Mississippi Casino Revenue Takes a Dip in June
Casino revenue in the Gulf Coast state of Mississippi was down in June over the same period in 2012, this according to a report published by Bloomberg Business Week. Mississippi offers casinos along its Gulf coastline, and also has river casinos.
Bloomberg reported that May figures were more optimistic, with a slight increase reported for that month over last year. In fact, over a 12-month period, May was the only month to see gains over the previous year’s figures.
Revenue down 7 percent
According to media reports, Mississippi saw its casino revenue decline by 7 percent when compared to what was taken in during the month of June, 2012. The total reported by the Mississippi Department of Revenue was $174.5 million.
The annual gambling revenue Mississippi collected in 2012 represented a tiny 1 percent gain over 2011, leaving some hopeful that 2013 might lead to even more improvement in the market. That has not turned out to be the case, with most attributing 2012’s gains to the fact that revenue was especially bad in 2011 due to widespread flooding.
Neighboring Louisiana didn’t fare much better last month, having taken in $8.3 million less than it did the previous year. While still not as robust as it once was, Louisiana’s overall casino revenue decline has not been as sharp as that experienced by Mississippi, which reported all numbers except those generated by the Choctaw Indians, who are not required to provide such figures.
Similar story playing out across the nation
States around the nation, particularly those with longer-established casino gambling, are finding themselves encountering the same kinds of issues Mississippi is facing as competition for gambling dollars heats up around the United States. As more states look to boost revenue to buoy a tax base eroded by the housing crisis and the continued stagnant economy, often the customers they lure are coming from across state lines, and aren’t spending their money in casino properties they may have visited in the past.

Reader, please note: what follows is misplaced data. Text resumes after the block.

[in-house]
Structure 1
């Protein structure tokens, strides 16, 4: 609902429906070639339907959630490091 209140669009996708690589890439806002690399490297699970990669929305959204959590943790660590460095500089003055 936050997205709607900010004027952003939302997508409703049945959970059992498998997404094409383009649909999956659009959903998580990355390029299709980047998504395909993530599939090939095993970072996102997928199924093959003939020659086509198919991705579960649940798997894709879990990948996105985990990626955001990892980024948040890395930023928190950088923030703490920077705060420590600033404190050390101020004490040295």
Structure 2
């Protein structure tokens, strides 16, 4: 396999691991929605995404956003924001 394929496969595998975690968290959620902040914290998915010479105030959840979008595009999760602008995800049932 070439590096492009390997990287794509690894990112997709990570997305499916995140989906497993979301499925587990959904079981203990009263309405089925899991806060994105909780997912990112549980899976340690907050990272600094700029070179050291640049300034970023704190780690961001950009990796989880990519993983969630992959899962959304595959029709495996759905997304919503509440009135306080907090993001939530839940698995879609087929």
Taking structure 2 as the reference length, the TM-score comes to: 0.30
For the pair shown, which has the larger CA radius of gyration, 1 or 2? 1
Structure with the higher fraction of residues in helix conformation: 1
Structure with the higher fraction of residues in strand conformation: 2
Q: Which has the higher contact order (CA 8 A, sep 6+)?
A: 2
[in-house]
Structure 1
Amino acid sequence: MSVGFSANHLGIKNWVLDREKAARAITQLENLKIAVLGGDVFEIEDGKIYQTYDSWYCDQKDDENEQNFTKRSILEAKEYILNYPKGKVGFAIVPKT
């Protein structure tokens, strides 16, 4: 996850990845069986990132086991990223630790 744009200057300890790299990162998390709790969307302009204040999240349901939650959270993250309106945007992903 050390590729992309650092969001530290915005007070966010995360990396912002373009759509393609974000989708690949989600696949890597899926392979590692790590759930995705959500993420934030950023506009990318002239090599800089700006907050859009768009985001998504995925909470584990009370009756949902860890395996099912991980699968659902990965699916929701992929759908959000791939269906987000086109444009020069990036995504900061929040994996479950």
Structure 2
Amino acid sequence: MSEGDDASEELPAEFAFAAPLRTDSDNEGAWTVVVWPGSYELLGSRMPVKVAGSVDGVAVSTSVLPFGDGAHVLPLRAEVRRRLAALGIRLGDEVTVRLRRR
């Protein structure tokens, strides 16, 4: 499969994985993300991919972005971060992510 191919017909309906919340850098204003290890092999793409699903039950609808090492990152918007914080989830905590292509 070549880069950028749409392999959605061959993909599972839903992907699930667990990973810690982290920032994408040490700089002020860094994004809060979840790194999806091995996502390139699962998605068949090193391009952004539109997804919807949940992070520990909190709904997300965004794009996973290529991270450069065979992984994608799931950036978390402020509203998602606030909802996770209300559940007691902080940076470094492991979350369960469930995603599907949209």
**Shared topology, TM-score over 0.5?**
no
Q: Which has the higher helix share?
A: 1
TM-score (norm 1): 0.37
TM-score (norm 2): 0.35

One such example is Pennsylvania, which last year was able to usurp the title of the second largest market for gambling in the United States, snatching it away from the former east coast headquarters of casino gambling, Atlantic City. Pennsylvania’s gambling expansion has proven successful because its new casino properties are more attractive to, and often a closer drive for, patrons who would have once traveled to Atlantic City.
Atlantic City has seen its revenues decline yearly since 2006, a record-setting year for the casino industry there. In Mississippi, the story is much the same, though gambling revenue peaked a year later than it did in New Jersey, hitting its high in the year 2007.
The story is much the same in New England, where planned casinos in the state of Massachusetts are anticipated to poach customers from existing casinos in nearby Connecticut, home to some of the nation’s largest and most-famous gambling resorts. Massachusetts is looking to put casinos in Boston and the western part of state. Additionally, it will be issuing one license for a slots-only gambling parlor.
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